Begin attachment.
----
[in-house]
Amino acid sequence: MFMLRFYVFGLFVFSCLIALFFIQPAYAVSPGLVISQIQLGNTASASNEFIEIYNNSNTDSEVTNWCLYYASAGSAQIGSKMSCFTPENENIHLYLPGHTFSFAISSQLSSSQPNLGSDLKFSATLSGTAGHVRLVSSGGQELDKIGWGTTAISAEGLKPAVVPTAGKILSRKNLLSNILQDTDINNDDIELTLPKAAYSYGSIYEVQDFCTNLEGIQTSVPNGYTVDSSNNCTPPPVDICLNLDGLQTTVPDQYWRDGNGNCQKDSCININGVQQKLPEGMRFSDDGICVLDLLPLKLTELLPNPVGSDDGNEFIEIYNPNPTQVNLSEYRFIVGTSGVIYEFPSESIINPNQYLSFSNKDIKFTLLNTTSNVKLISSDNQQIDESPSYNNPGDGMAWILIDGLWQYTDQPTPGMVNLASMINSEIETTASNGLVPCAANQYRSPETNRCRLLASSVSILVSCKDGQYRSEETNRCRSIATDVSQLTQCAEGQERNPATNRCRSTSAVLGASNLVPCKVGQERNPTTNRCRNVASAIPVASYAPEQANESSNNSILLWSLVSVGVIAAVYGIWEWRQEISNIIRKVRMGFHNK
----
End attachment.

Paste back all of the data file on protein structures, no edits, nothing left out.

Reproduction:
[in-house]
Amino acid sequence: MFMLRFYVFGLFVFSCLIALFFIQPAYAVSPGLVISQIQLGNTASASNEFIEIYNNSNTDSEVTNWCLYYASAGSAQIGSKMSCFTPENENIHLYLPGHTFSFAISSQLSSSQPNLGSDLKFSATLSGTAGHVRLVSSGGQELDKIGWGTTAISAEGLKPAVVPTAGKILSRKNLLSNILQDTDINNDDIELTLPKAAYSYGSIYEVQDFCTNLEGIQTSVPNGYTVDSSNNCTPPPVDICLNLDGLQTTVPDQYWRDGNGNCQKDSCININGVQQKLPEGMRFSDDGICVLDLLPLKLTELLPNPVGSDDGNEFIEIYNPNPTQVNLSEYRFIVGTSGVIYEFPSESIINPNQYLSFSNKDIKFTLLNTTSNVKLISSDNQQIDESPSYNNPGDGMAWILIDGLWQYTDQPTPGMVNLASMINSEIETTASNGLVPCAANQYRSPETNRCRLLASSVSILVSCKDGQYRSEETNRCRSIATDVSQLTQCAEGQERNPATNRCRSTSAVLGASNLVPCKVGQERNPTTNRCRNVASAIPVASYAPEQANESSNNSILLWSLVSVGVIAAVYGIWEWRQEISNIIRKVRMGFHNK